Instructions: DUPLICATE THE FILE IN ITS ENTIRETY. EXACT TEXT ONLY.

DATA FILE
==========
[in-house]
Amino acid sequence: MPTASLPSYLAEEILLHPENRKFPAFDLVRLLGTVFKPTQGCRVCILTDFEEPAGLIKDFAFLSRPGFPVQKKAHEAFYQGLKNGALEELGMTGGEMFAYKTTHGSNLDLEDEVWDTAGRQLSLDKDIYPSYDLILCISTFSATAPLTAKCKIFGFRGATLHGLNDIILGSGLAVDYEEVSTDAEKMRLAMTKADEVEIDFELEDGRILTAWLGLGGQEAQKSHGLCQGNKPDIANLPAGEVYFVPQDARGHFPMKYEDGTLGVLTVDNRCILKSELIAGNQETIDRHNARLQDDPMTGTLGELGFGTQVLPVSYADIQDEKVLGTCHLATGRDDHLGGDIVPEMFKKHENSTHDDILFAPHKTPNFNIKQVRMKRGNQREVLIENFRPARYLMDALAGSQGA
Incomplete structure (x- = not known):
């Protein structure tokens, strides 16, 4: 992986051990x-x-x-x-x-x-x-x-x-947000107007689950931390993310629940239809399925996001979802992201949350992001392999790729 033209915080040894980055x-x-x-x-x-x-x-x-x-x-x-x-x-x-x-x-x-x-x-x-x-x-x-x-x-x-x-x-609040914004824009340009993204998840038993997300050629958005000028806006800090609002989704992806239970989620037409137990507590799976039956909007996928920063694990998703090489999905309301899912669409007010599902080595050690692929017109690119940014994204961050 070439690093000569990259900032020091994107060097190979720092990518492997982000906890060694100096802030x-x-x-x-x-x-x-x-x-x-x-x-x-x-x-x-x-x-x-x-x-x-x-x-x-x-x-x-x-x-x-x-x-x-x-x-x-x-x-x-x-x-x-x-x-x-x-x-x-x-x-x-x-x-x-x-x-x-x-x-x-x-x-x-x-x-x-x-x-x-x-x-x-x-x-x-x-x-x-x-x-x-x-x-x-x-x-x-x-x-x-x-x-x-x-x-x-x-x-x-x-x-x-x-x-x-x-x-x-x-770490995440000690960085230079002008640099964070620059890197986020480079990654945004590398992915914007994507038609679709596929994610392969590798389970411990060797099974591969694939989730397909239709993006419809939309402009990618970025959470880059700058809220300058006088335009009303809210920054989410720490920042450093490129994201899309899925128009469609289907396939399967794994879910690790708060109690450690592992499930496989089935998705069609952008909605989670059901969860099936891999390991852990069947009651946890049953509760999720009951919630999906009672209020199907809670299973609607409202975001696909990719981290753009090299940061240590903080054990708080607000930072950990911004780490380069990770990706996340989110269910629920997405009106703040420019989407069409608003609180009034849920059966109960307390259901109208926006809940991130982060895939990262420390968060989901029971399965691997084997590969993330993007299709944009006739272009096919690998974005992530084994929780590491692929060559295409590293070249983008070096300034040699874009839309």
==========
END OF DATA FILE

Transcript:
[in-house]
Amino acid sequence: MPTASLPSYLAEEILLHPENRKFPAFDLVRLLGTVFKPTQGCRVCILTDFEEPAGLIKDFAFLSRPGFPVQKKAHEAFYQGLKNGALEELGMTGGEMFAYKTTHGSNLDLEDEVWDTAGRQLSLDKDIYPSYDLILCISTFSATAPLTAKCKIFGFRGATLHGLNDIILGSGLAVDYEEVSTDAEKMRLAMTKADEVEIDFELEDGRILTAWLGLGGQEAQKSHGLCQGNKPDIANLPAGEVYFVPQDARGHFPMKYEDGTLGVLTVDNRCILKSELIAGNQETIDRHNARLQDDPMTGTLGELGFGTQVLPVSYADIQDEKVLGTCHLATGRDDHLGGDIVPEMFKKHENSTHDDILFAPHKTPNFNIKQVRMKRGNQREVLIENFRPARYLMDALAGSQGA
Incomplete structure (x- = not known):
């Protein structure tokens, strides 16, 4: 992986051990x-x-x-x-x-x-x-x-x-947000107007689950931390993310629940239809399925996001979802992201949350992001392999790729 033209915080040894980055x-x-x-x-x-x-x-x-x-x-x-x-x-x-x-x-x-x-x-x-x-x-x-x-x-x-x-x-609040914004824009340009993204998840038993997300050629958005000028806006800090609002989704992806239970989620037409137990507590799976039956909007996928920063694990998703090489999905309301899912669409007010599902080595050690692929017109690119940014994204961050 070439690093000569990259900032020091994107060097190979720092990518492997982000906890060694100096802030x-x-x-x-x-x-x-x-x-x-x-x-x-x-x-x-x-x-x-x-x-x-x-x-x-x-x-x-x-x-x-x-x-x-x-x-x-x-x-x-x-x-x-x-x-x-x-x-x-x-x-x-x-x-x-x-x-x-x-x-x-x-x-x-x-x-x-x-x-x-x-x-x-x-x-x-x-x-x-x-x-x-x-x-x-x-x-x-x-x-x-x-x-x-x-x-x-x-x-x-x-x-x-x-x-x-x-x-x-x-770490995440000690960085230079002008640099964070620059890197986020480079990654945004590398992915914007994507038609679709596929994610392969590798389970411990060797099974591969694939989730397909239709993006419809939309402009990618970025959470880059700058809220300058006088335009009303809210920054989410720490920042450093490129994201899309899925128009469609289907396939399967794994879910690790708060109690450690592992499930496989089935998705069609952008909605989670059901969860099936891999390991852990069947009651946890049953509760999720009951919630999906009672209020199907809670299973609607409202975001696909990719981290753009090299940061240590903080054990708080607000930072950990911004780490380069990770990706996340989110269910629920997405009106703040420019989407069409608003609180009034849920059966109960307390259901109208926006809940991130982060895939990262420390968060989901029971399965691997084997590969993330993007299709944009006739272009096919690998974005992530084994929780590491692929060559295409590293070249983008070096300034040699874009839309």